Core features of Tibetan culture are in flux. Monasteries, which long ago played a central role in Tibetan society, are losing whatever influence China has allowed them to retain. In recent years, some have been shut or ordered to reduce their populations (monks and nuns have often been at the forefront of separatist unrest). In July buildings at Larung Gar in Sichuan, a sprawling centre of Tibetan Buddhist learning, were destroyed and thousands of monks and nuns evicted. Three nuns have reportedly committed suicide since. Of the more than 140 Tibetans who have set fire to themselves since 2011 in protest against Chinese rule, many were spurred to do so by repressive measures at their own monastery or nunnery.

Cloistered life is threatened by social change, too. Families often used to send their second son to a monastery, a good source of schooling. Now all children receive nine years of free education. “The young think there are better things to do,” says a monk at Rongwo monastery in Tongren, a town in Qinghai, who spends his days “praying, teaching [and] cleaning”. New recruits often come from poorly educated rural families.

Mind your language

In the TAR (which is closed to foreign journalists most of the time), the Tibetan language is under particular threat. Even nursery schools often teach entirely in Mandarin. A generation is now graduating from universities there who barely speak Tibetan. Some people have been arrested for continuing to teach in the language. In April last year Gonpo Tenzin, a singer, was sentenced to three-and-a-half years in prison for his album, “No New Year for Tibet”, encouraging Tibetans to preserve their language and culture.

In some areas outside the TAR, however, the government is less hostile to Tibetan. Since the early 2000s, in much of Qinghai, the number of secondary schools that teach in Tibetan has risen, according to research there by Adrian Zenz of the European School of Culture and Theology at Korntal, Germany. The range of degrees taught in Tibetan has expanded too. Unlike elsewhere, someone who has studied mainly in Tibetan can still get a good job in Qinghai. A third of all government roles advertised there between 2011 and 2015 required the language. Despite this, many parents and students chose to be taught in Mandarin anyway, Mr Zenz found. They thought it would improve job prospects.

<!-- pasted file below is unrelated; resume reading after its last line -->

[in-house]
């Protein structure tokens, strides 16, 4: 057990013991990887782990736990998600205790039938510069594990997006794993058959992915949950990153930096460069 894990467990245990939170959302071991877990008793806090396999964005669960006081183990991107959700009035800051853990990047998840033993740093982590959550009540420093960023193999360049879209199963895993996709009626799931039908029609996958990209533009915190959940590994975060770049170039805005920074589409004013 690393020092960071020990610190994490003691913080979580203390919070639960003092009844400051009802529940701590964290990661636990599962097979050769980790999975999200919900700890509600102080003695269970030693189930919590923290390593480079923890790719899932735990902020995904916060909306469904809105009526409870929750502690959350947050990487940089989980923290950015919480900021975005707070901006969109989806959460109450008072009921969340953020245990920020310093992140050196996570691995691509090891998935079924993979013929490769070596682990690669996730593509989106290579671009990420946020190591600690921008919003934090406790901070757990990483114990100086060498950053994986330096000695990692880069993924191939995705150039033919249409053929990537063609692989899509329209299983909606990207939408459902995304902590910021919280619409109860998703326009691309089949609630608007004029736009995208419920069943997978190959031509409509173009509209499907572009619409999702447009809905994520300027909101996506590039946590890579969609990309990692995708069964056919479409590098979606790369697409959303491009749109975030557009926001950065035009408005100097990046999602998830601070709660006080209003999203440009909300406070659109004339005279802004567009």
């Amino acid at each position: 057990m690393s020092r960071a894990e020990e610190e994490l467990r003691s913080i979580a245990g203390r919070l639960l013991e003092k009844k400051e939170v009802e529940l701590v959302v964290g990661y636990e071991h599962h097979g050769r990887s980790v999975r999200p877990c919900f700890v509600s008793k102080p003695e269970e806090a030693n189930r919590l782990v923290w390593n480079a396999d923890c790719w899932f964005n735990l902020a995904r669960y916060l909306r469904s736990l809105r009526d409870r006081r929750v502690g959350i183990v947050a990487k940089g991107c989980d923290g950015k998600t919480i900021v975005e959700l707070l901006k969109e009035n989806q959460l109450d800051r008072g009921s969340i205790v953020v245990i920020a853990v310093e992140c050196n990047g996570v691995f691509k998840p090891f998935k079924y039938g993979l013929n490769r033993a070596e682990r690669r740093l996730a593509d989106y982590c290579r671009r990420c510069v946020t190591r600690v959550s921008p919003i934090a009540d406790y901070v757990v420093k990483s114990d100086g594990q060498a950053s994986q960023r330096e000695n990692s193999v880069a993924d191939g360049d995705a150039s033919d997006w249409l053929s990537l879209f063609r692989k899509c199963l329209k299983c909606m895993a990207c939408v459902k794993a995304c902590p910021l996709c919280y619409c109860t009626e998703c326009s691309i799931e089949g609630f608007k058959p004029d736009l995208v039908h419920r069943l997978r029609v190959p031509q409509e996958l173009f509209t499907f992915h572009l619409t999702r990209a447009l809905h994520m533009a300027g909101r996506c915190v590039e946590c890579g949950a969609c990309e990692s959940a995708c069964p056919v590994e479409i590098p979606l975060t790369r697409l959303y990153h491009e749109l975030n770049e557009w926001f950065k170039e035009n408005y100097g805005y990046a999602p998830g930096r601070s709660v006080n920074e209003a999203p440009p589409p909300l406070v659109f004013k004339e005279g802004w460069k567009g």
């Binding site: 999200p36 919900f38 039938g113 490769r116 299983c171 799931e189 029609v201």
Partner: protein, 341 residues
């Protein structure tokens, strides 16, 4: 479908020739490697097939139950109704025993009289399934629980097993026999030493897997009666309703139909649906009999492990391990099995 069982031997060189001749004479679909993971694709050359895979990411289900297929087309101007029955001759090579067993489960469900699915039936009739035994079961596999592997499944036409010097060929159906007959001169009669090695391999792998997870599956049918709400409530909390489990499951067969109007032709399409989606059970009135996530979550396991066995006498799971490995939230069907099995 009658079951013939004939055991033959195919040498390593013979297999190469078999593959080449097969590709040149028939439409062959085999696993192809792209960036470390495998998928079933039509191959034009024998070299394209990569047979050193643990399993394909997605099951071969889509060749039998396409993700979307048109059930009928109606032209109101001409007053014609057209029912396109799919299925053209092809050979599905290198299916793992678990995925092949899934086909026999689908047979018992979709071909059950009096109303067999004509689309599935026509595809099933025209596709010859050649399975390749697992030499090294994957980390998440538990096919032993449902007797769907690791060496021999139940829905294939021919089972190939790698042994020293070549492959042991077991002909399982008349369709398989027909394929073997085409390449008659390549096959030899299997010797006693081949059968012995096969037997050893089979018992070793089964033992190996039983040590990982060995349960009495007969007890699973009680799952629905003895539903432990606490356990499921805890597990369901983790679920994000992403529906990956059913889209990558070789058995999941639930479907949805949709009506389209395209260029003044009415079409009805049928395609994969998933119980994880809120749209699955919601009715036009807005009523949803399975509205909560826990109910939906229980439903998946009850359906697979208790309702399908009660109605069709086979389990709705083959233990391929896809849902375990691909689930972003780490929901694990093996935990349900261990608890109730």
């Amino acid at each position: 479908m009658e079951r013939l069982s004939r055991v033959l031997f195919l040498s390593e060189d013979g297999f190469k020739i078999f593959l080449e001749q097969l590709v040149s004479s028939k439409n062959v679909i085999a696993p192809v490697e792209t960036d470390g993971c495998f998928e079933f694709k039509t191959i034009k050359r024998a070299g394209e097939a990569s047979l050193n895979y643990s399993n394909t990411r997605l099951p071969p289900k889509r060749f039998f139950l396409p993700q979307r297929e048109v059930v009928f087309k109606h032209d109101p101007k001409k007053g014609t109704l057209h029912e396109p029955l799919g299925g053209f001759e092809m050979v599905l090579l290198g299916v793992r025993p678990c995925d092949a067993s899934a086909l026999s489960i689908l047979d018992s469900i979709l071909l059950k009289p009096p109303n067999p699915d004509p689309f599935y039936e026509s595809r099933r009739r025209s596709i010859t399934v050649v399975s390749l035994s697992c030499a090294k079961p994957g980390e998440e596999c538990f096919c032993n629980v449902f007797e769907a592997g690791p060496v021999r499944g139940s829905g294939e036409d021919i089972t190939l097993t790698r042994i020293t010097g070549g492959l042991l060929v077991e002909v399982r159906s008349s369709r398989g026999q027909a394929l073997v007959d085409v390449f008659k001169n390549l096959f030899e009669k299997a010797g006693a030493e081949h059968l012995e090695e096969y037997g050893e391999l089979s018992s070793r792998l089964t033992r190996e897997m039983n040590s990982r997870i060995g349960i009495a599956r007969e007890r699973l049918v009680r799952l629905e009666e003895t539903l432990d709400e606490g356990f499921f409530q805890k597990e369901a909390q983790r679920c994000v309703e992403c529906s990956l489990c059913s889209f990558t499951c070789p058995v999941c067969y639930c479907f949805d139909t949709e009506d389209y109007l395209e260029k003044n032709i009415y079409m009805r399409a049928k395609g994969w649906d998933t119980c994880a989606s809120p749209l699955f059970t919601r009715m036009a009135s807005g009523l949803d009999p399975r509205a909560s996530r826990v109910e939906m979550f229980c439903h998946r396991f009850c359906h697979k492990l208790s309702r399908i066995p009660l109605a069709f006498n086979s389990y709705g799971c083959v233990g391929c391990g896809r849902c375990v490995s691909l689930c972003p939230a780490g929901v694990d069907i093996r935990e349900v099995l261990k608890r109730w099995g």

Karma chameleon

But work can be difficult to get, despite years of huge government aid that has helped to boost growth. Government subsidies for the TAR amounted to 111% of GDP in 2014 (see chart), according to Andrew Fischer of Erasmus University Rotterdam. Eleven airports serve Qinghai and the TAR—they will have three more by 2020. A 156-mile train line from Lhasa (population 560,000) to Shigatse (population 120,000), which was completed in 2014, cost 13.3 billion yuan ($2.16 billion). A second track to Lhasa is being laid from Sichuan, priced at 105 billion yuan.

Better infrastructure has fuelled a tourism boom—domestic visitors to the TAR increased fivefold between 2007 and 2015—but most income flows to travel agents elsewhere. Tourists stay in Han-run hotels and largely eat in non-Tibetan restaurants (KFC opened its first Lhasa branch in March). Tibetan resentment at exclusion from tourism- and construction-related jobs was a big cause of rioting in Lhasa in 2008 that sparked plateau-wide protests. Other big money-spinners—hydropower and the extraction of minerals and timber—are controlled by state-owned firms that employ relatively few Tibetans. The Chinese name for Tibet, Xizang, means “western treasure house”. But Tibetans have little share in its spoils. The rehousing of nomads has helped provide some with building jobs, but has also brought suffering: those relocated sometimes find it harder to make a living from herding.

In most other parts of China, villages have been rapidly emptying as people flock to work in cities. In the country as a whole, the agricultural population dropped from 65% to 48% as a share of the total between 2000 and 2010. On the plateau it fell only slightly, from 87% to 83%. It is hard for Tibetans to migrate to places where there are more opportunities. Police and employers treat them as potential troublemakers. In 2010 only about 1% of Tibetans had settled outside the plateau, says Ma Rong of Peking University. They cannot move abroad either. In 2012 Tibetans in the TAR had to surrender their passports (to prevent them joining the Dalai Lama); in parts of Qinghai officials went house-to-house confiscating them.

Karma chameleon